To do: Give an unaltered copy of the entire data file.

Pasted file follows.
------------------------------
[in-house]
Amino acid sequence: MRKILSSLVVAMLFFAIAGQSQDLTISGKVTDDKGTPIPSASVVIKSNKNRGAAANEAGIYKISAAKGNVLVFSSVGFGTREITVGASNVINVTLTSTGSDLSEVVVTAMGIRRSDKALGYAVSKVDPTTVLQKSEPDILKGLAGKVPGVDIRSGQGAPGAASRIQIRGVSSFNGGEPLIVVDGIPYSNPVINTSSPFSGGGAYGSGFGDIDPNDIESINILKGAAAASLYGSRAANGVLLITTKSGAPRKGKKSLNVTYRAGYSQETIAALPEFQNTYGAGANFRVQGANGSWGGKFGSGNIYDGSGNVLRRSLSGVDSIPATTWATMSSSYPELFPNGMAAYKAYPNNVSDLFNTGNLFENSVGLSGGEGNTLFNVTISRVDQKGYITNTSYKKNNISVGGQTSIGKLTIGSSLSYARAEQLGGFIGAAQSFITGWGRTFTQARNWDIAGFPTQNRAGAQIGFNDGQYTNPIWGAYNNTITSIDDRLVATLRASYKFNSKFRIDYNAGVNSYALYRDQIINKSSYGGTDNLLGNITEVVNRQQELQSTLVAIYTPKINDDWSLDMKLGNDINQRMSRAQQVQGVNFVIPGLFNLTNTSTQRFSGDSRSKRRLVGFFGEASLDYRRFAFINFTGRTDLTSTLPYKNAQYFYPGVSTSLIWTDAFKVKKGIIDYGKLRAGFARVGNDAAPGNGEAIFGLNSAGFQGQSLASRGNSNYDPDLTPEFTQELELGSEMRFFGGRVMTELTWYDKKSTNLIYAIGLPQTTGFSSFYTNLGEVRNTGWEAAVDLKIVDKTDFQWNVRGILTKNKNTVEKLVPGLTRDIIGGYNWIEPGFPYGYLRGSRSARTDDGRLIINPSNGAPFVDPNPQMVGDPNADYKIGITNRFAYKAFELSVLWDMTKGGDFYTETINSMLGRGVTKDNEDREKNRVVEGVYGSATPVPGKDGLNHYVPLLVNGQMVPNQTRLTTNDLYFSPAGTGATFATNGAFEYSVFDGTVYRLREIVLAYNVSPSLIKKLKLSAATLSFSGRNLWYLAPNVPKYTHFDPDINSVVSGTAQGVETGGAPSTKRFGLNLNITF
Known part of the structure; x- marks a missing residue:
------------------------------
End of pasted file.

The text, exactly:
[in-house]
Amino acid sequence: MRKILSSLVVAMLFFAIAGQSQDLTISGKVTDDKGTPIPSASVVIKSNKNRGAAANEAGIYKISAAKGNVLVFSSVGFGTREITVGASNVINVTLTSTGSDLSEVVVTAMGIRRSDKALGYAVSKVDPTTVLQKSEPDILKGLAGKVPGVDIRSGQGAPGAASRIQIRGVSSFNGGEPLIVVDGIPYSNPVINTSSPFSGGGAYGSGFGDIDPNDIESINILKGAAAASLYGSRAANGVLLITTKSGAPRKGKKSLNVTYRAGYSQETIAALPEFQNTYGAGANFRVQGANGSWGGKFGSGNIYDGSGNVLRRSLSGVDSIPATTWATMSSSYPELFPNGMAAYKAYPNNVSDLFNTGNLFENSVGLSGGEGNTLFNVTISRVDQKGYITNTSYKKNNISVGGQTSIGKLTIGSSLSYARAEQLGGFIGAAQSFITGWGRTFTQARNWDIAGFPTQNRAGAQIGFNDGQYTNPIWGAYNNTITSIDDRLVATLRASYKFNSKFRIDYNAGVNSYALYRDQIINKSSYGGTDNLLGNITEVVNRQQELQSTLVAIYTPKINDDWSLDMKLGNDINQRMSRAQQVQGVNFVIPGLFNLTNTSTQRFSGDSRSKRRLVGFFGEASLDYRRFAFINFTGRTDLTSTLPYKNAQYFYPGVSTSLIWTDAFKVKKGIIDYGKLRAGFARVGNDAAPGNGEAIFGLNSAGFQGQSLASRGNSNYDPDLTPEFTQELELGSEMRFFGGRVMTELTWYDKKSTNLIYAIGLPQTTGFSSFYTNLGEVRNTGWEAAVDLKIVDKTDFQWNVRGILTKNKNTVEKLVPGLTRDIIGGYNWIEPGFPYGYLRGSRSARTDDGRLIINPSNGAPFVDPNPQMVGDPNADYKIGITNRFAYKAFELSVLWDMTKGGDFYTETINSMLGRGVTKDNEDREKNRVVEGVYGSATPVPGKDGLNHYVPLLVNGQMVPNQTRLTTNDLYFSPAGTGATFATNGAFEYSVFDGTVYRLREIVLAYNVSPSLIKKLKLSAATLSFSGRNLWYLAPNVPKYTHFDPDINSVVSGTAQGVETGGAPSTKRFGLNLNITF
Known part of the structure; x- marks a missing residue: